Today, you can sign up for an once-in-a-lifetime trip to Mars and even see the golf ball that was lofted from the lunar surface nearly 50 years ago at a new museum exhibit —also, Happy April Fools' Day!
Netflights.com and The Museum of Flight have a few April Fools' space pranks up their sleeves today, April 1. The travel company offered customers the opportunity to register for pioneer trips to Earth' exosphere, the Moon and even to Mars. Spacefarers were informed they would launch from a "top-secret" spaceport in Lake District, UK, aboard a 20-passenenger spacecraft called TS48.
"The first of three destinations available from Netflights.space [the affiliate of Netflights.com] is a life changing experience to the exosphere, which involves soaring over the International Space Station (ISS) and orbiting the Earth multiple times — an experience currently available for international, space-trained astronauts," the company said in a press release. "The trip to the Moon and back takes just four days, and boasts indulgent dining and sleeping facilities on board."
The final destination on the Netflights April Fools' itinerary is a week-long stay on Mars. With an average cruise speed of 6,111 mph (22,000 km/h), the TS48 would carry passengers to the Red Planet in roughly 102 days, according to the press release.
After scrolling through travel information, a photo of the TS48 spacecraft and details about the company's eco-friendly spaceport, interested customers are prompted to register their email before finding out the campaign is one big April Fools' joke.
Lunar Tee Off
On February 6, 1971, Apollo 14 commander Alan Shepard took an out-of-this-world stroke at a golf ball on the lunar surface. The Museum of Flight in Seattle announced that that same golf ball had washed up along the coastline in Grays Harbor, WA, where it was found by an oyster farmer named Elliott Swift, and would be included in a new April 1 and 2 exhibit.
"Only a handful of people in NASA knew of Shepard's plan when, on February 6, 1971, after an extended excursion on the lunar surface, he pulled out the club, dropped two balls on the moon and proceeded to strike," according to a press release from the museum. "He shanked the ball so hard that it left lunar orbit and entered a Trans-Earth trajectory. It's likely that ball simply kept orbiting the Earth in an unstable orbit until it finally collided with the atmosphere. Scientists are still a bit unclear about its exact time of re-entry."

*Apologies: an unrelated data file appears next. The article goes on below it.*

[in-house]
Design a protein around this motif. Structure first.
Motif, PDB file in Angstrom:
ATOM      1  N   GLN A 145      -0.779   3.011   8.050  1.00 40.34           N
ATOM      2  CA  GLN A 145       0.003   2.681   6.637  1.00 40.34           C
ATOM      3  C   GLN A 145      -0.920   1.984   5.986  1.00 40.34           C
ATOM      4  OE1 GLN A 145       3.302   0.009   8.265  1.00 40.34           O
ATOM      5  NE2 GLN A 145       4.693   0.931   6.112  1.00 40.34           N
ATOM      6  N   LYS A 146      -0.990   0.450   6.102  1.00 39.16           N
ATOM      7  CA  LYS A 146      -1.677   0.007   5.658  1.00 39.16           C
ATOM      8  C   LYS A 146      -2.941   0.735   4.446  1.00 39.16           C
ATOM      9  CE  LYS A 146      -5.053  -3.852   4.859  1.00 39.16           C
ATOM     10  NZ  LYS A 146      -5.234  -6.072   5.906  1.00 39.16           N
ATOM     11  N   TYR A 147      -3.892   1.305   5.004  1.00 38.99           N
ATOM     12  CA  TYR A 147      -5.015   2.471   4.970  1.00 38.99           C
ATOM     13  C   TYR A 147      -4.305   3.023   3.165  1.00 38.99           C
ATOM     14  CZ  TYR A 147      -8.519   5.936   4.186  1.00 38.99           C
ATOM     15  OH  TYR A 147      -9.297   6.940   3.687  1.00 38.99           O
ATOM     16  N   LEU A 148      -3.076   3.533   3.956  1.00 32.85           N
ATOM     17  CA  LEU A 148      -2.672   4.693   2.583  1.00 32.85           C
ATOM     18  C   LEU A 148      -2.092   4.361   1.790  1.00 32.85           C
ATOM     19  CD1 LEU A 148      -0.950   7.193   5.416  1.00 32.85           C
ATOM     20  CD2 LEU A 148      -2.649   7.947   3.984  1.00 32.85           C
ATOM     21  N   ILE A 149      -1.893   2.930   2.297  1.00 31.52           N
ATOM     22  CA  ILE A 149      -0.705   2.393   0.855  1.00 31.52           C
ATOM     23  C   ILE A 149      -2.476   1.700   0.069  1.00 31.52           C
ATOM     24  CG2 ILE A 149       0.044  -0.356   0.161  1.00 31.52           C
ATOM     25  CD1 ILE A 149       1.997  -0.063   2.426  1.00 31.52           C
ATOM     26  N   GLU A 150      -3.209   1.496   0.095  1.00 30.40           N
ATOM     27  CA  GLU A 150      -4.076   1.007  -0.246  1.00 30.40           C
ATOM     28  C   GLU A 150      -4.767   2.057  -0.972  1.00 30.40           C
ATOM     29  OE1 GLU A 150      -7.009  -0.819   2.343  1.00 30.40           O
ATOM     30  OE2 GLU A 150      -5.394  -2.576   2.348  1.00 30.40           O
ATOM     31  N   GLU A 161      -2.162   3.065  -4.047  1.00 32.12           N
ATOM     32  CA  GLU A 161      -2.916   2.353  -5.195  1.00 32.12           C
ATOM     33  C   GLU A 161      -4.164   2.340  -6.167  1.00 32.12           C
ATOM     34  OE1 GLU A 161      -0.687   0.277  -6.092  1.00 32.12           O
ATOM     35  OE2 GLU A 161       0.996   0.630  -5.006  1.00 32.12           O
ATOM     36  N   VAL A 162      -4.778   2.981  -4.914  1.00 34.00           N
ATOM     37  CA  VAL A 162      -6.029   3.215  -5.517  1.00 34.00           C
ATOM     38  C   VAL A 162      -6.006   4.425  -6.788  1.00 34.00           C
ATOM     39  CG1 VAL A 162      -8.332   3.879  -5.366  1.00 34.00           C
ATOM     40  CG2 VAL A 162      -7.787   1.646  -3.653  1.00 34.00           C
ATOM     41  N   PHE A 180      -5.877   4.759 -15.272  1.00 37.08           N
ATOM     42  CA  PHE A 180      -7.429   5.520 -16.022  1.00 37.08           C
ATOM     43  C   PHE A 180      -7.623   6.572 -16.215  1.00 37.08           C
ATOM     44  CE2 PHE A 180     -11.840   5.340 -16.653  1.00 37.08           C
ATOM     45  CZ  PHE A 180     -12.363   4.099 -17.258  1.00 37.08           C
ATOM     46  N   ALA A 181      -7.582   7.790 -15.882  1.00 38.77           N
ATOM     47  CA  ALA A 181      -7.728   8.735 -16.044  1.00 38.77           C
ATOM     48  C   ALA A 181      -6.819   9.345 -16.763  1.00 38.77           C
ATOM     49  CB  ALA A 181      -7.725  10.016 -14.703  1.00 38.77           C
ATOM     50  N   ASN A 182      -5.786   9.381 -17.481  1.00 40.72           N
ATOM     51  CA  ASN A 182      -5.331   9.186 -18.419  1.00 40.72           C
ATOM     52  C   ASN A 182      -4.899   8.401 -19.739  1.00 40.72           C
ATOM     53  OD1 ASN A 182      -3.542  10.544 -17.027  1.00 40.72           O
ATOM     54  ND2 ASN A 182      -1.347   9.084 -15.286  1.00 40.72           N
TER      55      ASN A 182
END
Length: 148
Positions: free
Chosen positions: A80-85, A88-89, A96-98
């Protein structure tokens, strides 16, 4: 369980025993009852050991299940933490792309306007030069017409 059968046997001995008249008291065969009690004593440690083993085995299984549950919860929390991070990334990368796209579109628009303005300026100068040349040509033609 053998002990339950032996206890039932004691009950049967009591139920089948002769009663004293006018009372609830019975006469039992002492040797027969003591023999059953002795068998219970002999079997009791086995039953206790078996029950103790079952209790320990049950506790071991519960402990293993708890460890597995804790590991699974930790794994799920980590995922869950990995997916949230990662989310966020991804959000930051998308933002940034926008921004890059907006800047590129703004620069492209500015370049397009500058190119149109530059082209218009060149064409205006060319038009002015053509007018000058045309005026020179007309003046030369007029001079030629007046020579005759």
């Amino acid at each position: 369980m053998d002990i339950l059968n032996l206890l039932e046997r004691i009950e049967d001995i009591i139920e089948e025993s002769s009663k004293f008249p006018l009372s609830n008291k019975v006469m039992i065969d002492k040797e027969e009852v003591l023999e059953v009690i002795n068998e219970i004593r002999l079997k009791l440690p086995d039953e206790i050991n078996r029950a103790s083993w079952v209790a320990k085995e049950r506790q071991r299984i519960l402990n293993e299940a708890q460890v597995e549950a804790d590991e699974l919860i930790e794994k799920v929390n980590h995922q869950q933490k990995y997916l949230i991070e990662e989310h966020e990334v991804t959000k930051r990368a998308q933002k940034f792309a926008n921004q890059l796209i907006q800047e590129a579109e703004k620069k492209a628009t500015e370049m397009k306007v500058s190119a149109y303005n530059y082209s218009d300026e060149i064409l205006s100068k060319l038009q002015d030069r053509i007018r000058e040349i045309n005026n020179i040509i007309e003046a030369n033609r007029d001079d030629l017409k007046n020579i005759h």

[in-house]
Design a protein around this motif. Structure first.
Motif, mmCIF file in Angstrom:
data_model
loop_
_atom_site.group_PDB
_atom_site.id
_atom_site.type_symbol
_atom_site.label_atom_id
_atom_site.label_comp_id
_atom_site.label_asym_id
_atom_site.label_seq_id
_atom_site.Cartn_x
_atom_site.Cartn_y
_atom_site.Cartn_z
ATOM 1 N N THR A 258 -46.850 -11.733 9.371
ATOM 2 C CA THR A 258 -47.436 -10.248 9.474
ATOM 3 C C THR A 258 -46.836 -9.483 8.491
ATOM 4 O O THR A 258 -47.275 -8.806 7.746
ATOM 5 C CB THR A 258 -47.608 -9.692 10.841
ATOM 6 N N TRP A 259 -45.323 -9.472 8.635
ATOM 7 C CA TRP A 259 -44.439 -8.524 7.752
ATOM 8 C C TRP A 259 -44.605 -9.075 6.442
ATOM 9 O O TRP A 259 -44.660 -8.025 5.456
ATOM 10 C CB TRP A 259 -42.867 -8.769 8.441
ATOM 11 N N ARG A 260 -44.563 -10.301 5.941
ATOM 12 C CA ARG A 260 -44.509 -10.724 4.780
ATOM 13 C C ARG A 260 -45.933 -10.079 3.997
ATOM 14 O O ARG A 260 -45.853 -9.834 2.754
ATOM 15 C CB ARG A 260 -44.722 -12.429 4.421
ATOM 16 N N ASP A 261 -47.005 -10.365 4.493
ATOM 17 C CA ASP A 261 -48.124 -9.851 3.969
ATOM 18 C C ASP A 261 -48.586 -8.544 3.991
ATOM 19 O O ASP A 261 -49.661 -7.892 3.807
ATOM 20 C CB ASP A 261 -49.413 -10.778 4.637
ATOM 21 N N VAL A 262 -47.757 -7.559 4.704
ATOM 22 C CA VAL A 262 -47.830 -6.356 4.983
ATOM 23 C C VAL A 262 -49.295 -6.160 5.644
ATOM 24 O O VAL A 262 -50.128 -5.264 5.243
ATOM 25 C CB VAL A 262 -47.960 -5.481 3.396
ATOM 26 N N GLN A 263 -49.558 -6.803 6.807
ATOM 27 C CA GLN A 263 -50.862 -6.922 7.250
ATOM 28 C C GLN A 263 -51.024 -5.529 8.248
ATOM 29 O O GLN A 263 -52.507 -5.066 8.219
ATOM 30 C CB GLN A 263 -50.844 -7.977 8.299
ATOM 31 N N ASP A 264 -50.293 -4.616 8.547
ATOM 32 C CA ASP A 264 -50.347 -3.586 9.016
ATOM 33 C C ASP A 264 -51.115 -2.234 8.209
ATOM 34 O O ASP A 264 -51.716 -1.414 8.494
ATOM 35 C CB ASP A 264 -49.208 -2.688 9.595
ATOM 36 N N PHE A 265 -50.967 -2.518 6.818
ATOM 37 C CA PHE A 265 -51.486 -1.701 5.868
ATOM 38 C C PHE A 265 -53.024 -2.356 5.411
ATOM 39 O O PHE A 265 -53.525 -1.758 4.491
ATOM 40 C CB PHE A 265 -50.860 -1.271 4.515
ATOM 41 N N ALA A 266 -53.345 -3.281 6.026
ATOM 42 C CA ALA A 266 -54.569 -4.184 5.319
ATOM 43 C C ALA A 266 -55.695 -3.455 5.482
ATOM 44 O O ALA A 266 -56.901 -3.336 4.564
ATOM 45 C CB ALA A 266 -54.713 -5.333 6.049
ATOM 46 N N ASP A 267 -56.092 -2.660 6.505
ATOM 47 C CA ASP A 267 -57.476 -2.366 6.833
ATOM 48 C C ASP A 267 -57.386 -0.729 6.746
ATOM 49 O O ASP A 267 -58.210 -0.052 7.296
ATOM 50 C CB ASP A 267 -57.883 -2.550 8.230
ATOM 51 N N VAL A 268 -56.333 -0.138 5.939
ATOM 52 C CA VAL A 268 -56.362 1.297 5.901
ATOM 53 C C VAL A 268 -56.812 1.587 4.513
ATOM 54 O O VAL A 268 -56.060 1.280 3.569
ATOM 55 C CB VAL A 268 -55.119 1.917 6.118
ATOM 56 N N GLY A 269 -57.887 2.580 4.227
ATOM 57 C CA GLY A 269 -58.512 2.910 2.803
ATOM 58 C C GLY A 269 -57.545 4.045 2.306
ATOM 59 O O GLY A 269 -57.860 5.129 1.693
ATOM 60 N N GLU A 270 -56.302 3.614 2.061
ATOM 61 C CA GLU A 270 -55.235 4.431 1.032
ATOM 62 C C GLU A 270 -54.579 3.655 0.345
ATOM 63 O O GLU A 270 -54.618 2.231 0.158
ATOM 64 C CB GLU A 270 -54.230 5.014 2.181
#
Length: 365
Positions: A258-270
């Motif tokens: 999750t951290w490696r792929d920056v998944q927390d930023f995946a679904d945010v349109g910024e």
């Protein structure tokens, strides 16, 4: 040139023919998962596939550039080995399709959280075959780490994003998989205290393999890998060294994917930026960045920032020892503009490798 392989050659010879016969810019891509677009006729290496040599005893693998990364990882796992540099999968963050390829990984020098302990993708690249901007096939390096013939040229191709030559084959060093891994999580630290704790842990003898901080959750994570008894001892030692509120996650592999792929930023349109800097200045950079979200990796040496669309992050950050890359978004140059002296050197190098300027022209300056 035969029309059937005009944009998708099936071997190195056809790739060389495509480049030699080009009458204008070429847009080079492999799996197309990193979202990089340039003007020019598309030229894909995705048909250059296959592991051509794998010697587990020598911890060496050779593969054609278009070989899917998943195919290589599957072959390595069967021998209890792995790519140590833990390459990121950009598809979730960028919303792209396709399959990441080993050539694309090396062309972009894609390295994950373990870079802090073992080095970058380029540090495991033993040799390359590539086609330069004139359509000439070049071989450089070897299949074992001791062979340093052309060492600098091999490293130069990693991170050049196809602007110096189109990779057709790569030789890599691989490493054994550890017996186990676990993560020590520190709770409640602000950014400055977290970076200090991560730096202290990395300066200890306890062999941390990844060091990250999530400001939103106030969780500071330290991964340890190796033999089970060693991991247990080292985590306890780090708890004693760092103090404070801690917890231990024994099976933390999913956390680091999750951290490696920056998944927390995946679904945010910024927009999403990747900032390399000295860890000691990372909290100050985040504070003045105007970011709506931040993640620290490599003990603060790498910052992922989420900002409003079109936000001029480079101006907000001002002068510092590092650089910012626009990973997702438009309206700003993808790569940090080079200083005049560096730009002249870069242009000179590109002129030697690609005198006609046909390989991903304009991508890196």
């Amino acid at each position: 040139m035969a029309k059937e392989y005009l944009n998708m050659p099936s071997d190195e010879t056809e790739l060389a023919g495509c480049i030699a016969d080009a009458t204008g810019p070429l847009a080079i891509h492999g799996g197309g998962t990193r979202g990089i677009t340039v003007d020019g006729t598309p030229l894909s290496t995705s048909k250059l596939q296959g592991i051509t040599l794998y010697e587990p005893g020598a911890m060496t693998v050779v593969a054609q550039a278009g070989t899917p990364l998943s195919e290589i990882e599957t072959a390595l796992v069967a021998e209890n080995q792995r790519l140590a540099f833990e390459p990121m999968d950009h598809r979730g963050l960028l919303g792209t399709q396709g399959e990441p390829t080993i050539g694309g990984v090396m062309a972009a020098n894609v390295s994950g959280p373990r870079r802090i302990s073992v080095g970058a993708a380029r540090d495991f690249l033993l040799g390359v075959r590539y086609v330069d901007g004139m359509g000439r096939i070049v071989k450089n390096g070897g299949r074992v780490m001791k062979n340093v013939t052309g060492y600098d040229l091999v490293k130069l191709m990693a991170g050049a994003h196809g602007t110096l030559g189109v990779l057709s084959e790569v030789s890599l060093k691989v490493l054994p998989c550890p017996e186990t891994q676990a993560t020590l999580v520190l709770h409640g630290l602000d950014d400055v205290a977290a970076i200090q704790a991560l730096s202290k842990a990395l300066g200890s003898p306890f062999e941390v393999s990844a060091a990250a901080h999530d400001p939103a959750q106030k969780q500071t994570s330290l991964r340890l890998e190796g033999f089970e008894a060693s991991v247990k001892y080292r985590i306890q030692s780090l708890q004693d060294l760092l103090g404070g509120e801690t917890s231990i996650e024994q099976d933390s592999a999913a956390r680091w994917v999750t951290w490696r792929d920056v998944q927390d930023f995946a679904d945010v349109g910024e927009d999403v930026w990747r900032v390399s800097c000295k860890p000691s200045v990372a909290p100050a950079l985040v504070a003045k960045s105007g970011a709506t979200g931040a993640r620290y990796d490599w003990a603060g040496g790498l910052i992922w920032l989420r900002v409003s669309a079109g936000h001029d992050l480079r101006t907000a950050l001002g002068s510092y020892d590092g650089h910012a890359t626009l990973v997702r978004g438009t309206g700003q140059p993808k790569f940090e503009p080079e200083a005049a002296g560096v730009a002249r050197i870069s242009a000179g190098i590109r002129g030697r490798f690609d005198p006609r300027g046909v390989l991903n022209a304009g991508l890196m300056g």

According to the museum the legendary golf ball was found last fall in late October or early November. The oyster farmer first brought his unusual find to the local fish and game authorities who said it was truly "unlike anything they had ever seen in our waters." Further testing and research by aerospace researchers confirmed the artifact's true origin: Commander Shepard's golf ball from space.
"Naturally, when I got the call from Mr. Swift about this particular find, we were suspect, but indeed, the chemical tests and analyses proved this ball to be the real thing. There were still traces of lunar regolith embedded deep under the surface of the ball's dimples," Geoff Nunn, The Museum of Flight's Adjunct Curator for Space History, said in the press release. "We couldn't be more proud to feature this precious artifact, particularly as we ramp up to the May opening of the Apollo exhibit."
Although you may not be able to register for a luxurious trip to the Red Planet or marvel at a golf ball that traveled from Earth to the moon and back, it’s fun to enjoy some space humor on April Fools' Day.
Are there more space-themed April Fools' Day pranks that we missed? Let us know about them in the comments.